continued Koetzle said the number of apartment units already in the town is what spurred discussions on limiting future multi-family developments. He said the town currently has about 1,150 apartment units and another 400 units are in the pipeline. These figures don’t include anything within Scotia.
“The Town Board clearly has some concern about over building,” Koetzle said. “Having roughly 1,500 apartments in this town is a lot.”
The home market is also growing in strength, portending a move away from rentals, so so the town doesn’t want too many apartments built and units left vacant. Koetzle said the history of the town has been single-family based and it is important to protect neighborhoods and the value of existing homes.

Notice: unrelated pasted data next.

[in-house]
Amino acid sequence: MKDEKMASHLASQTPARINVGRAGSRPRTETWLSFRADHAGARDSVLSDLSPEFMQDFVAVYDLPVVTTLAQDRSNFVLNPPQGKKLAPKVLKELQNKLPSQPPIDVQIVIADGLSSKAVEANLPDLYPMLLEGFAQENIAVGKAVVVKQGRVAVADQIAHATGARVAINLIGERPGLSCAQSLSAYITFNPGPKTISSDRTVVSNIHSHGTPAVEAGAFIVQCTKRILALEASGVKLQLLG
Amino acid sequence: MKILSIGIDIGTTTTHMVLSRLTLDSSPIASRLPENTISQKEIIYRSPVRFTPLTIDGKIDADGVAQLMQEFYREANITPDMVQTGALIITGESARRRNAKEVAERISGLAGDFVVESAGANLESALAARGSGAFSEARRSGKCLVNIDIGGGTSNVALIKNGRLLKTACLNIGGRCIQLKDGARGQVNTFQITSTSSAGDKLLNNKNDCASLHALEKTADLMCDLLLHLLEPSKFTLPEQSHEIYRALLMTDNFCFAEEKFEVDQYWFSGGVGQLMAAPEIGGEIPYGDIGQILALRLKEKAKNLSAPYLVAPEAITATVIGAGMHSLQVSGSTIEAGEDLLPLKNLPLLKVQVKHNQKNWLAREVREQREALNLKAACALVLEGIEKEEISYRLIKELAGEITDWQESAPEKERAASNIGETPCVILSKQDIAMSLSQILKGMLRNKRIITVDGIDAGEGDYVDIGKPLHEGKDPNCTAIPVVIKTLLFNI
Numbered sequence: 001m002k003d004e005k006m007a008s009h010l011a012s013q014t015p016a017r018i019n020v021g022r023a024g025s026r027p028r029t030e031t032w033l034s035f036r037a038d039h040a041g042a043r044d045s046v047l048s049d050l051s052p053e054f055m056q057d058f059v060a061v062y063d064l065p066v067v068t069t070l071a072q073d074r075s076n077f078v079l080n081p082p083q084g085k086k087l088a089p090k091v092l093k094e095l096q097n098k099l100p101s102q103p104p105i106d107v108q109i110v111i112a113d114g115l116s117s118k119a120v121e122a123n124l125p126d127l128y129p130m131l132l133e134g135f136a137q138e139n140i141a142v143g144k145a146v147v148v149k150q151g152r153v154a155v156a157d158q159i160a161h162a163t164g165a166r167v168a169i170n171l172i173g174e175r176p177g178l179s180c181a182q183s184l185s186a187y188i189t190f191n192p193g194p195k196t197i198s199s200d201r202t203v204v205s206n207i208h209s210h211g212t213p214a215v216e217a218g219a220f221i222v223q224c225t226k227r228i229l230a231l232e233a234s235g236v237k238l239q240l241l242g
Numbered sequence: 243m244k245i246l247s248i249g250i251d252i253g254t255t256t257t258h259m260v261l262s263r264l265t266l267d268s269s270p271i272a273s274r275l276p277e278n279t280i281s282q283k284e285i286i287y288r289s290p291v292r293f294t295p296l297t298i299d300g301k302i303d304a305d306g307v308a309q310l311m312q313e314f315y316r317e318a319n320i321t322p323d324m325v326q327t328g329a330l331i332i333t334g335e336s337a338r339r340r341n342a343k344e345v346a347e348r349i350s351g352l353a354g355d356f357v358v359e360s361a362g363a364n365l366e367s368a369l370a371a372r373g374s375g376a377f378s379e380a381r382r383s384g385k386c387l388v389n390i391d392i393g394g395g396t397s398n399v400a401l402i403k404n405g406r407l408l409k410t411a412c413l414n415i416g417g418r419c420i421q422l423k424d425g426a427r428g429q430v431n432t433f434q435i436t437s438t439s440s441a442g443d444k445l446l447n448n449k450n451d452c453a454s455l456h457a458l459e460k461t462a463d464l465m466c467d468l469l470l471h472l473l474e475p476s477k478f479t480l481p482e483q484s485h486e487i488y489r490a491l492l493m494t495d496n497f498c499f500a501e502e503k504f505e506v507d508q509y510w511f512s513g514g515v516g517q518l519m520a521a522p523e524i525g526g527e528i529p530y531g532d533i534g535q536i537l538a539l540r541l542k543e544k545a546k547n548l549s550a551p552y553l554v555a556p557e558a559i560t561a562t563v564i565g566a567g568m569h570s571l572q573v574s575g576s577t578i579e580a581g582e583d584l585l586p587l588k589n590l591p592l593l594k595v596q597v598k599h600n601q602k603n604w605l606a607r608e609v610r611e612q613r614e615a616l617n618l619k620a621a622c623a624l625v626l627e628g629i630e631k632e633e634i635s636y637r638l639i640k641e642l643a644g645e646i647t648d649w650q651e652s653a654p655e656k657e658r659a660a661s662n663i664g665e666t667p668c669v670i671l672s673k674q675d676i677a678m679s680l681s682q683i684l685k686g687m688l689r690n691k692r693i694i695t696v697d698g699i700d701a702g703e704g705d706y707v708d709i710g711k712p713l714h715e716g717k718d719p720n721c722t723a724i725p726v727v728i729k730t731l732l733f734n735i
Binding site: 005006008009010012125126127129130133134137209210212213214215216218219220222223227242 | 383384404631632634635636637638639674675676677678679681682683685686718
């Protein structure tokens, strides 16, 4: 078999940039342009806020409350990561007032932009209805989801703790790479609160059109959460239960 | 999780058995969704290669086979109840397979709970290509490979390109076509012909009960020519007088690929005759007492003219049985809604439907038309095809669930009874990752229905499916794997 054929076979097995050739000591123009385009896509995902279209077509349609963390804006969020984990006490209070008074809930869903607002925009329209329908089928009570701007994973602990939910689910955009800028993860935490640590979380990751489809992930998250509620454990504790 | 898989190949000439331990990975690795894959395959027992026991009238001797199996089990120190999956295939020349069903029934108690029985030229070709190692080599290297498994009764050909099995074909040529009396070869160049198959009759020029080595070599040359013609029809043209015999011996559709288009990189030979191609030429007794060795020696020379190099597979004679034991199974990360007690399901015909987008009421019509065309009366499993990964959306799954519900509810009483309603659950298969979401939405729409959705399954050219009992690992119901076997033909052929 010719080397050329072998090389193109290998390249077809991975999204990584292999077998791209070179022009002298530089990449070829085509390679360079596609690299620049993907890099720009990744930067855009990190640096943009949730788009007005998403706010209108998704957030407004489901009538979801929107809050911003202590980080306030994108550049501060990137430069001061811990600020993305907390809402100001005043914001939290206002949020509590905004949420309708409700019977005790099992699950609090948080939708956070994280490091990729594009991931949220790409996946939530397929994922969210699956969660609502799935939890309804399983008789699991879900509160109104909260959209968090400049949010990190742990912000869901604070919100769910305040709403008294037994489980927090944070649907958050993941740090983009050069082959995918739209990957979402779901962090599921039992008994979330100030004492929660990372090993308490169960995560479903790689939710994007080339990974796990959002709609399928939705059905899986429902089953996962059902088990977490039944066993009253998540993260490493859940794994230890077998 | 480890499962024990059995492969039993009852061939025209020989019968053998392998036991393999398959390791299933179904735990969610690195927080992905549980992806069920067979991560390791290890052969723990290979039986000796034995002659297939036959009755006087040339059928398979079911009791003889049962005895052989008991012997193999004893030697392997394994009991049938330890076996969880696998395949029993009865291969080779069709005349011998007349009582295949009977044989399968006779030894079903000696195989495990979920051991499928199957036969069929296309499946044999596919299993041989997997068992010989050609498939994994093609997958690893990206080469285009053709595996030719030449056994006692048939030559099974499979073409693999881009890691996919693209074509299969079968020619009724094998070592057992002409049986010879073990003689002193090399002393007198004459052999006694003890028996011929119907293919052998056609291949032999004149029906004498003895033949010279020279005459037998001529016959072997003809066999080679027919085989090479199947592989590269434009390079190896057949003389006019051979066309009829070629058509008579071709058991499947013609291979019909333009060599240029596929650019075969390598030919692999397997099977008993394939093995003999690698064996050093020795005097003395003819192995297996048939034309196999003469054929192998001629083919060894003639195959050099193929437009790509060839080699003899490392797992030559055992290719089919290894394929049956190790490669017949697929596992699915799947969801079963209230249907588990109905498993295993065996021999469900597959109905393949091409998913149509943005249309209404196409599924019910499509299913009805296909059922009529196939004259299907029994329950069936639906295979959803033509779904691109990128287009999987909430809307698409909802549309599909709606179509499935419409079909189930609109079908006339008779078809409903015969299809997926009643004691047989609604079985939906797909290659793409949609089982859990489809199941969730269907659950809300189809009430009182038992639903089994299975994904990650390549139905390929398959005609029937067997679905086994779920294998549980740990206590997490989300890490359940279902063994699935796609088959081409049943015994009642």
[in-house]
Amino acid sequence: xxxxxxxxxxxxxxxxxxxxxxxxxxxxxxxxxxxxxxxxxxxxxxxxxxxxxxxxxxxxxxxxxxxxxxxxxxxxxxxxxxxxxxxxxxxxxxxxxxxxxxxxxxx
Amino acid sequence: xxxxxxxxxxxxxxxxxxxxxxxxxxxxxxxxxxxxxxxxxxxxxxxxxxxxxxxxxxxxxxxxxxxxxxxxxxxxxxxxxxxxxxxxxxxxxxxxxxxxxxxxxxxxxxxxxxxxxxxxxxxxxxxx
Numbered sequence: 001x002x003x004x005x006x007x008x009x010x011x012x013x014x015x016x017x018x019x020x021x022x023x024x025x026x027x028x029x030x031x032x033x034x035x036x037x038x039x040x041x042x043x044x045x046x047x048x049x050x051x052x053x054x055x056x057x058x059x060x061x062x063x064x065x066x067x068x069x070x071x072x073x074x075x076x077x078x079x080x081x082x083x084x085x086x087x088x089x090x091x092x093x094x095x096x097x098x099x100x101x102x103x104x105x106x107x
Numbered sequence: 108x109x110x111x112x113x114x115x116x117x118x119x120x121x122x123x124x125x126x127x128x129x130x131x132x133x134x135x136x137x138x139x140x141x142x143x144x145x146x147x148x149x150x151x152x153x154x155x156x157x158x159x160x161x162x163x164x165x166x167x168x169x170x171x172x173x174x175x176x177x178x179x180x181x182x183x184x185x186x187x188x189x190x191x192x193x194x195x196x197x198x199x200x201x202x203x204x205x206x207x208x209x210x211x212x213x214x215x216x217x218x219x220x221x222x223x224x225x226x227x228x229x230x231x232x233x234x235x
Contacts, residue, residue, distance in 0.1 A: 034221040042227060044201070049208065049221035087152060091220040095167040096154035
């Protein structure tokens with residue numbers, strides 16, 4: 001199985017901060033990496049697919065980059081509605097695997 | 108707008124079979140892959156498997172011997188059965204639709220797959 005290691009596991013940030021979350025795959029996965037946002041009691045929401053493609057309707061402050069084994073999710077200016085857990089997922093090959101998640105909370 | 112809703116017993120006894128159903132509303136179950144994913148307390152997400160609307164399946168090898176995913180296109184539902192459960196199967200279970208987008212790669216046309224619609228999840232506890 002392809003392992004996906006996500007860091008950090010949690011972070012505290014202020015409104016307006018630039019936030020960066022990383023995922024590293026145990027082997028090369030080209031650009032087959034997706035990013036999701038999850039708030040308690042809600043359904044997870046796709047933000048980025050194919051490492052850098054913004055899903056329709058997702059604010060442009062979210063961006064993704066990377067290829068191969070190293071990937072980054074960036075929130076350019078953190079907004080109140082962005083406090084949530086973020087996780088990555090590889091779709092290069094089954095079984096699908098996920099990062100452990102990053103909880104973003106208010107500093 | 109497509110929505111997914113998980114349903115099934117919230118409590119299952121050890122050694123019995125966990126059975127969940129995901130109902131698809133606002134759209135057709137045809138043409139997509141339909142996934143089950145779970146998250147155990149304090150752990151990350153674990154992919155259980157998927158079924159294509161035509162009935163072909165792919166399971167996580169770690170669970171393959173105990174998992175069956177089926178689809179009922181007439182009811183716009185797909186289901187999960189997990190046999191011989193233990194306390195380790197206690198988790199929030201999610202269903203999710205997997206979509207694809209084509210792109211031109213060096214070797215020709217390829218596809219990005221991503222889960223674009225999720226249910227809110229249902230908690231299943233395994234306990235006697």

“We saw what happened in the south, particularly in Florida, where overbuilding the condos created that housing crisis and we don’t want to see that same thing happen here,” he said.
Environmental Conservation Commission Chairman Michael Wright suggested the language on requiring developers to build commercial facilities alongside residential units should be tightened up to more clearly define expectations.
Wright said the town was seeking to have half of the commercial use be built at the same time as residential development, but what “half” meant wasn’t clear. He said it should be defined to the acreage, footage or cost.
“Just to make it clear to the developer that if we approve this mixed-use that this is what we expect from you,” Wright said.
The zoning changes would need to be approved by the Planning and Zoning Commission and Zoning Board of Appeals before the Town Board could vote on any amendments to the town code. The Town Board would also be required to hold a public hearing before approving the proposal.